Wonderful Washington: Hike through over 2 miles of lava caves

Jan 30 2020, 1:20 pm

At over two miles in length, prepare to be amazed by the natural wonder of the Mount St. Helens Lava Tube, Ape Cave, the third-longest lava tube in North America. With volcanic rocks and slimy walls spanning 2.4 miles, you’re going to feel like you’ve transported to another planet.

The tube is accessible year-round and is a great spot for those interested in Sasquatch hunting — it’s said that the nearby Ape Canyon was the site of a family of Bigfoot back in 1924.

For your own safety, please make¬†sure you are prepared before heading out¬†on your next adventure. Information on how to prepare for your trip and stay safe while on your hike is available¬†from¬†waparks.org¬†and¬†parks.wa.gov.¬†Always remember to leave no trace, pack out what you pack in, stick to designated trails, and refrain from feeding wildlife ‚ÄĒ and please note that irresponsibly taken selfies (even if they look great for the ‚Äėgram)¬†can be fatal.¬†

 

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Where is it? 

Ape Cave is a National Volcanic Monument located in the Mount St. Helens National Monument in the South Cascades.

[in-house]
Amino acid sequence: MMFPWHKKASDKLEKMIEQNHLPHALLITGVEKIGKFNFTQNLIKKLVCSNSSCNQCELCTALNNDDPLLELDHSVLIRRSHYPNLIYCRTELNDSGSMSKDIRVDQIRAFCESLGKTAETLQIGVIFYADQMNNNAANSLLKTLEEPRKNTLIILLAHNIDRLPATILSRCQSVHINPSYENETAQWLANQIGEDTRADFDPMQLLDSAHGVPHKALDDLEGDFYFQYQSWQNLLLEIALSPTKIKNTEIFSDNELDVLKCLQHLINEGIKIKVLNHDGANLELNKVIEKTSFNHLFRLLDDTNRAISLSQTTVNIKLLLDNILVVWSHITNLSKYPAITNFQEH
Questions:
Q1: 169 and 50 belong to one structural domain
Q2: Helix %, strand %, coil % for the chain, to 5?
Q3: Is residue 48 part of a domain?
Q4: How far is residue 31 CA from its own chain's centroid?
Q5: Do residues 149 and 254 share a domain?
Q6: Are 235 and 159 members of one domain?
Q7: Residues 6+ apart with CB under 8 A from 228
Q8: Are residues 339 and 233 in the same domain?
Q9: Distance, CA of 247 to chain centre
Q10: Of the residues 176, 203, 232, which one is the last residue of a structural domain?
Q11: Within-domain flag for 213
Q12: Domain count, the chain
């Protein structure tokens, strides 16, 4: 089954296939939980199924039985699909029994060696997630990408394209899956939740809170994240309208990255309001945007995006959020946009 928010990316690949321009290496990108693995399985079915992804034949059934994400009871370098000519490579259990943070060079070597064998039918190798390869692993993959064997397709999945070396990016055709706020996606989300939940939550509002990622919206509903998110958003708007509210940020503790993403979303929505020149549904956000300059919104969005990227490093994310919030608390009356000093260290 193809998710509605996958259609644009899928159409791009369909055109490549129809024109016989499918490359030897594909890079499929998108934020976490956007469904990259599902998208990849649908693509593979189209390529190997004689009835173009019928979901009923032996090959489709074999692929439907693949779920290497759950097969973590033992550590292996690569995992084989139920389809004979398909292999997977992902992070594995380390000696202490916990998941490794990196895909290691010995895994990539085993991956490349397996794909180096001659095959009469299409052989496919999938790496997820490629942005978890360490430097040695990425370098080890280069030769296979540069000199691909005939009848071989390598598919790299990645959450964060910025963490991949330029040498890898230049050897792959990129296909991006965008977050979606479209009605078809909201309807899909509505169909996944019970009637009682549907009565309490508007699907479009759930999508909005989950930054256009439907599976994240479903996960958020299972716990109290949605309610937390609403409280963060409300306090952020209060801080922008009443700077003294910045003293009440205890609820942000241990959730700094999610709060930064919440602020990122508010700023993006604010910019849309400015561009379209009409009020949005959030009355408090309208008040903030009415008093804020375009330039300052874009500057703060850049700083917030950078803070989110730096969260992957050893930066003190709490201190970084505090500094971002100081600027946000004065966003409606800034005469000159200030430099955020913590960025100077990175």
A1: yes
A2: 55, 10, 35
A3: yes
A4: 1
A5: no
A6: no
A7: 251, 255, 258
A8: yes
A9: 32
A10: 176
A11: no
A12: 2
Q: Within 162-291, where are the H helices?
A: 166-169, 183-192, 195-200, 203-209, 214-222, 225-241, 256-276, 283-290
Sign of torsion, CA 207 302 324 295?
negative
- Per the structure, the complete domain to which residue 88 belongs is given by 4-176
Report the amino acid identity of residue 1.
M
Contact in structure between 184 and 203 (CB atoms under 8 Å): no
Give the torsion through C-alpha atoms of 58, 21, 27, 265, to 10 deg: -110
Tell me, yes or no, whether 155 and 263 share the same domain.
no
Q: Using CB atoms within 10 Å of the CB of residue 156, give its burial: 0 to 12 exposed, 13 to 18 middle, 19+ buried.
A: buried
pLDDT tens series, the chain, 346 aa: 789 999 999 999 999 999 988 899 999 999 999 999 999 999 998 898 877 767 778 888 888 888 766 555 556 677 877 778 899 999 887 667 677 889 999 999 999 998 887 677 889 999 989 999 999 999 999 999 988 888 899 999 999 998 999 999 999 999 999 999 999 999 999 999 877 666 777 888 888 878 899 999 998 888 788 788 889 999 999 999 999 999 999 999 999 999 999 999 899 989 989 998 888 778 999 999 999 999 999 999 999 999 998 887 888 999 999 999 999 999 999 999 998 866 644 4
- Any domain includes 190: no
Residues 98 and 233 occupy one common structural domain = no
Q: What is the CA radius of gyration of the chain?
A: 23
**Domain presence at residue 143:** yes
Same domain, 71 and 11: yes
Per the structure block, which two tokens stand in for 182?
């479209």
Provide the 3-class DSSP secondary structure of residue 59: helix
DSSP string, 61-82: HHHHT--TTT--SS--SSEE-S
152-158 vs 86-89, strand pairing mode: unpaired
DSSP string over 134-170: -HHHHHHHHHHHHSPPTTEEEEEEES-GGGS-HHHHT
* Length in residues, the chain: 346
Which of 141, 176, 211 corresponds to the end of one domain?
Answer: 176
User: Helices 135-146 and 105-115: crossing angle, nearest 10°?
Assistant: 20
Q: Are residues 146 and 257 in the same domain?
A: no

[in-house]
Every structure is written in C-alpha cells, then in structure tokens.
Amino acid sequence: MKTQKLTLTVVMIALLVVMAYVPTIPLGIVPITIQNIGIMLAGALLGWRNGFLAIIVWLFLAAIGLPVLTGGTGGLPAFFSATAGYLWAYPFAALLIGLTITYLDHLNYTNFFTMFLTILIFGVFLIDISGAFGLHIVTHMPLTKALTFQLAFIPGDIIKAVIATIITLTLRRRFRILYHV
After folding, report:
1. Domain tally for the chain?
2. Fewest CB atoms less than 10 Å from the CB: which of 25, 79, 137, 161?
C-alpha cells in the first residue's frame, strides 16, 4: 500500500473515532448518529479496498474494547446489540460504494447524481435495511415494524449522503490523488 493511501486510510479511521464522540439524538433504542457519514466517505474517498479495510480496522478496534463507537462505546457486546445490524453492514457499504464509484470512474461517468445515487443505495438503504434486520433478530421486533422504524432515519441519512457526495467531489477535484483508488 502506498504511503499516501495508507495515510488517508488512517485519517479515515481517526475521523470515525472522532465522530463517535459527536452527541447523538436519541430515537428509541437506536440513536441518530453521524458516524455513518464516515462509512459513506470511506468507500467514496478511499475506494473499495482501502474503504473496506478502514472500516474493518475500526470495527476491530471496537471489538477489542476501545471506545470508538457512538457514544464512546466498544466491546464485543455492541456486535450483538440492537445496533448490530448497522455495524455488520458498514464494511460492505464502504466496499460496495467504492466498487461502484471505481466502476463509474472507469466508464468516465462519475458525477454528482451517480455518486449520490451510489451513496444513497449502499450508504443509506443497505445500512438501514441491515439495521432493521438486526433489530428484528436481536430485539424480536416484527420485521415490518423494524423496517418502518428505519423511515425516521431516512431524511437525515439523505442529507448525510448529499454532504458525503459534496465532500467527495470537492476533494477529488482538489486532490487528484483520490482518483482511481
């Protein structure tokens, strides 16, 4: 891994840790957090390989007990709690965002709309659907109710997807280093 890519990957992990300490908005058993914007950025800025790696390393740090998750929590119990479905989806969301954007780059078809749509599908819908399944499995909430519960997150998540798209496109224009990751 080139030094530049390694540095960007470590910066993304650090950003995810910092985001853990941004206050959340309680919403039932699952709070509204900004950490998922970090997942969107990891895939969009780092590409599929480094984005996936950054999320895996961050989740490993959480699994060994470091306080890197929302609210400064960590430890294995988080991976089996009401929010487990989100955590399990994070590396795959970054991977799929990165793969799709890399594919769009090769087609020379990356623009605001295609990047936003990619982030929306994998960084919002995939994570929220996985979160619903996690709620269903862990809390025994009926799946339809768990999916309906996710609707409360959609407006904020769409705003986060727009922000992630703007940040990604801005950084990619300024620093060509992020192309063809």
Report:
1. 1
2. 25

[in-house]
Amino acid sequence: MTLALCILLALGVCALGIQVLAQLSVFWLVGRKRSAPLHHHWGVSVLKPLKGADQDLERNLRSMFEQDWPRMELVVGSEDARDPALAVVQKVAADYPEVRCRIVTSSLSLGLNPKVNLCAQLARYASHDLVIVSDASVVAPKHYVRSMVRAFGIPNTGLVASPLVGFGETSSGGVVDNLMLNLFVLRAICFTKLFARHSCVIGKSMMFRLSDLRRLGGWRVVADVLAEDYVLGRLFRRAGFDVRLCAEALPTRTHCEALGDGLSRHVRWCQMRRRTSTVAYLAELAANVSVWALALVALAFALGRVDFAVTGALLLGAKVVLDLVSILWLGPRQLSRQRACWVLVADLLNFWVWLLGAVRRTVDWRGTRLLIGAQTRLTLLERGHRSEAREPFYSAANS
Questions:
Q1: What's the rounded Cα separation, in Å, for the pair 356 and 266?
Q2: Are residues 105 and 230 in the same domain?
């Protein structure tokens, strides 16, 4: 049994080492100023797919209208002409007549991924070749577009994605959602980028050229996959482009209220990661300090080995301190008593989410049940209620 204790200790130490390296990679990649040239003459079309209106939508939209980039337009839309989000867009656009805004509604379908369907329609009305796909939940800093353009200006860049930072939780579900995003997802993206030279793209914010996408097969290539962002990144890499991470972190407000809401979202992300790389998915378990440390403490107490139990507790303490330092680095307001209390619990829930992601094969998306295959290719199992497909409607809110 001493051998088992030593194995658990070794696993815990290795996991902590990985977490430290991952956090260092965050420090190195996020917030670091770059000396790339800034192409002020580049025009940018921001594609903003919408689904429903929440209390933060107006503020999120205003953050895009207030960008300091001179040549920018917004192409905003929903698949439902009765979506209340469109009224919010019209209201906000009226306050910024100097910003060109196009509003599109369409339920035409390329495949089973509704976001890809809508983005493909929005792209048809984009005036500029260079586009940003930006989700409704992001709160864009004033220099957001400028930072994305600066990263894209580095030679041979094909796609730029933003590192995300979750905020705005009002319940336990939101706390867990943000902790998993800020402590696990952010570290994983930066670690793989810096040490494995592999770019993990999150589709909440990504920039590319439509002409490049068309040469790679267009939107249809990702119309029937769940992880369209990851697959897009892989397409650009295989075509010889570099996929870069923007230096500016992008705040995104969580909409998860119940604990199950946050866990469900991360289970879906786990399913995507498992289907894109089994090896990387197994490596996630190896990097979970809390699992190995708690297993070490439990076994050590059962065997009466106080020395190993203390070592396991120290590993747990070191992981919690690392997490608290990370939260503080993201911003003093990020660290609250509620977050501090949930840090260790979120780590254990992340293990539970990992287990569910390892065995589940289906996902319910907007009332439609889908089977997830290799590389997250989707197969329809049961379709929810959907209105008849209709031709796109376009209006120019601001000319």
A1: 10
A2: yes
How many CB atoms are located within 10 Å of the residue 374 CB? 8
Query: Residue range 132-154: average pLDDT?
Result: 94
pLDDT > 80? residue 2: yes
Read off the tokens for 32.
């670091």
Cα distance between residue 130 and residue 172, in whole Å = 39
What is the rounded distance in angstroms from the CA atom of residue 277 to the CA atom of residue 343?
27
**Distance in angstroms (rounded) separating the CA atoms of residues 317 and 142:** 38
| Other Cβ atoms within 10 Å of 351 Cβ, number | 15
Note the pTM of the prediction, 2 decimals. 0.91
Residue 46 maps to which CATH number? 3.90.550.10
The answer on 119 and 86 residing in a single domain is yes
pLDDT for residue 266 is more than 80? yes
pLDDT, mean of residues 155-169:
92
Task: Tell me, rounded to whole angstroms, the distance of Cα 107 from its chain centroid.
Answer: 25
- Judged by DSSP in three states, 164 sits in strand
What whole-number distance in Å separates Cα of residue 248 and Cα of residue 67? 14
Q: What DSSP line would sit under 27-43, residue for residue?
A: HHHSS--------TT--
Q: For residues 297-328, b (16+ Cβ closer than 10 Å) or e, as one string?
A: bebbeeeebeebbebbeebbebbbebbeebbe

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How do you get there?  

Just a 3.5-hour drive from Seattle, follow highway 503 to the Mount St. Helens Visitor’s Center. The entrance to the cave is close to the parking lot. When you first get to a set of metal steps leading you the cave, you’ll notice that you’re smack-dab in the center of the cave with two choices: turn one way to visit the upper cave, which requires physical abilities of climbing, squeezing, and uphill hiking, or an easier route to the lower cave.

What’s there?¬†

If you choose to hike the Upper Cave, you’ll encounter frequent changes in geology and size of the lava cave. You’ll also get to scale rocks and notice lava-rock piles.

If you hike the Lower Cave, you’ll come across various floor textures and the Meatball — a piece of fallen lava that quite literally looks like a giant meatball.

While hiking Ape Cave, it’s important to remember to not collect any rocks or damage cave features, which includes touching the cave walls. According to the Washington Trails Association, the cave slime lives on the walls and is an important source of food for cave life.

Be sure to bring along a flashlight with two or three spare batteries as you journey through an exciting adventure filled with amazing natural rock sculptures, small corridors, and moss.

 

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